The reality is 3.7m citizens of the City of Cape Town and the agricultural sector are sharing Theewaterskloof dam, which accounts for 53% of the total capacity of the 6 major dams of the Western Cape. Incidentally, water levels in the dam are sitting at 12,5% on 5 February 2018.

Since the beginning of Spring, the agricultural sector was drawing around 1200ML of water from Tweewaterskloof per day. During the same period, residential usage started around the same amount and saw a rapid decline due to the City Of Cape Town mercilessly driving down water usage of citizens, to a usage of 547 ML’s per day (Dashboard, 5 February 2018). The agricultural sector, however, unabatedly continued to use 1200ML per day until more or less ten days ago, despite calls by DWS to reduce water usage by at first 40% and then by 60%.

Agriculture was directed, as far back as November 2017, to reduce their water usage, but a look at the City’s dashboard reveals this reduction only began 10 days ago. Farmers were unabatedly rushing to fill their quotas, placing tremendous strain on the supply of water to themselves as well as the citizens of Cape Town.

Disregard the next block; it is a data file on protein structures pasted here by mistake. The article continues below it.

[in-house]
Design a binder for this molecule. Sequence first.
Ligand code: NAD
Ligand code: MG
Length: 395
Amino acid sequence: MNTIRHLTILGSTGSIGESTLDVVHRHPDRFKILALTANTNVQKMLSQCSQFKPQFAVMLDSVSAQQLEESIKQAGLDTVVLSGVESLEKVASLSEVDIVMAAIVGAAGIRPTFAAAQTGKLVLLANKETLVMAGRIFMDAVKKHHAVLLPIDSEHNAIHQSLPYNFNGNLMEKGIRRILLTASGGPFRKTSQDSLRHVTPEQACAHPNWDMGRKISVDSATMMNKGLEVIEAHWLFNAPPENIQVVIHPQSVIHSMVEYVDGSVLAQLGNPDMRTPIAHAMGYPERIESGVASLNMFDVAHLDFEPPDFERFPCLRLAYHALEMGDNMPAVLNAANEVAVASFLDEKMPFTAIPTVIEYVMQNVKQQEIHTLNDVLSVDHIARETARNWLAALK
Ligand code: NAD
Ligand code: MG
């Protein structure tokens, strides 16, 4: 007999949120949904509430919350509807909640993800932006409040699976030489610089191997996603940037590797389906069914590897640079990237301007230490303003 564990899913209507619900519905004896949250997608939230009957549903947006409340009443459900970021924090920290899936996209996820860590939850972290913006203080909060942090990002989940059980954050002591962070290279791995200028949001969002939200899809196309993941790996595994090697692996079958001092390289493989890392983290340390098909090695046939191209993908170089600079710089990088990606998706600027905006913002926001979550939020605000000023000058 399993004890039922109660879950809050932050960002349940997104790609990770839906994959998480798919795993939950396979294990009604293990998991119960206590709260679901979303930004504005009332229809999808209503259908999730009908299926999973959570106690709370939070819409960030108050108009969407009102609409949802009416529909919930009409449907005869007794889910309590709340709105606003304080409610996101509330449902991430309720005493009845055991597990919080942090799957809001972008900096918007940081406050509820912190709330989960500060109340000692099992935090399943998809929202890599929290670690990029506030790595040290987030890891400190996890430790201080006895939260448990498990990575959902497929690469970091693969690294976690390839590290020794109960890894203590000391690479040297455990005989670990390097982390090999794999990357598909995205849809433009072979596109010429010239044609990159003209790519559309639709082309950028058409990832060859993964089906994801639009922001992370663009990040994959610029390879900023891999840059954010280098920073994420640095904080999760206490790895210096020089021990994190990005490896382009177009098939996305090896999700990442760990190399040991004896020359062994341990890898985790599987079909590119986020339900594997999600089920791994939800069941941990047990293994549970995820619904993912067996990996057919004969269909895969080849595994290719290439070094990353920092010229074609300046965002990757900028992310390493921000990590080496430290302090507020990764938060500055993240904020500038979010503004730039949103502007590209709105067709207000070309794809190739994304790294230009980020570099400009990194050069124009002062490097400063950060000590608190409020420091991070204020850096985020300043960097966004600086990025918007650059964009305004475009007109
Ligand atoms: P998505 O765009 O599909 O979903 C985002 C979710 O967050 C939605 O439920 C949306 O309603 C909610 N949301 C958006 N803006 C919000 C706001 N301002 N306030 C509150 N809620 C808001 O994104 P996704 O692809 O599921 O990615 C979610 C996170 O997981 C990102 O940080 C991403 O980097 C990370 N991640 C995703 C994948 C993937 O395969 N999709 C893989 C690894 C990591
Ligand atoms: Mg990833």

According to the City’s dashboard, the agricultural sector has substantially exceeded their water usage target each week since November 2017.

A closer look at the “wasteful” citizens of the Metro City.

It was fact-checked, by the City, that citizens use 65% of the water supplied.

A simple calculation shows the following for the week ending 5 February 2018; Total water usage by the people living in the Metro is 65% of the 547ML allocated in total – this divided by the 3.7 million citizens gives us a conservative maximum usage, per person, of 95l per day.